Been Traumatized? Here's How PTSD Rewires the Brain

But if the space inside your head is generally a peaceful one, count yourself lucky indeed. If instead, you are wrestling in the aftermath of some terrible trauma, it might seem like you’re the only one, but you are far from alone. What brain mapping hopes to accomplish. We’ve mapped the human genome, tread on every last bit of earth, landed on the moon and plunged the oceans.

What brain mapping hopes to accomplish

There are few untrammeled frontiers left, aside from space and the human brain. It is a touch ironic that that which makes us who we are, which has been with us from the very beginning, is one of the biggest mysteries to humanity. There’s little wonder. The human brain is comprised of 80 billion neurons, not to mention the oodles of support cells it needs to function. Neuroscientists aren’t even sure how many different types of brain cells there are. Human Connectome Project. Updated Brain Map Identifies Nearly 100 New Regions. The first hints of the brain’s hidden geography emerged more than 150 years ago.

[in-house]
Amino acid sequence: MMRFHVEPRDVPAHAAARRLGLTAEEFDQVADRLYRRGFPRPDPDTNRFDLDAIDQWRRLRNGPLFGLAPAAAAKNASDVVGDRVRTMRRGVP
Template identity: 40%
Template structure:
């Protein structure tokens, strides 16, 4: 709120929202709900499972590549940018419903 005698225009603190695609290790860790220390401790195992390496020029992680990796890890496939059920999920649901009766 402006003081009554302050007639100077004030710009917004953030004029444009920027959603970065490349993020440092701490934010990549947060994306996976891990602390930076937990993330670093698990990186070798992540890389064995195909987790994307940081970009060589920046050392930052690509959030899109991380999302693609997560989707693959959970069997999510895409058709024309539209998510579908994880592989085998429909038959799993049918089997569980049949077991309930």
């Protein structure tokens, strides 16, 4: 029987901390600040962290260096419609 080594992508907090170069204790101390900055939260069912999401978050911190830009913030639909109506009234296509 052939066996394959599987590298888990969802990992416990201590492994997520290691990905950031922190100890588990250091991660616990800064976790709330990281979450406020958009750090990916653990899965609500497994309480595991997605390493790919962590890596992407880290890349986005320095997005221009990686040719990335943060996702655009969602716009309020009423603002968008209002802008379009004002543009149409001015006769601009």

Updated Brain Map Identifies Nearly 100 New Regions

In the 1860s, the physician Pierre Paul Broca was intrigued by two of his patients who were unable to speak. After they died, Broca examined their brains. On the outer layer, called the cortex, he found that both had suffered damage to the same patch of tissue. That region came to be known as Broca’s area. In recent decades, scientists have found that it becomes active when people speak and when they try to understand the speech of other people. Photo. Why Aspirin May be the Most Powerful Weapon in the War on Brain Cancer.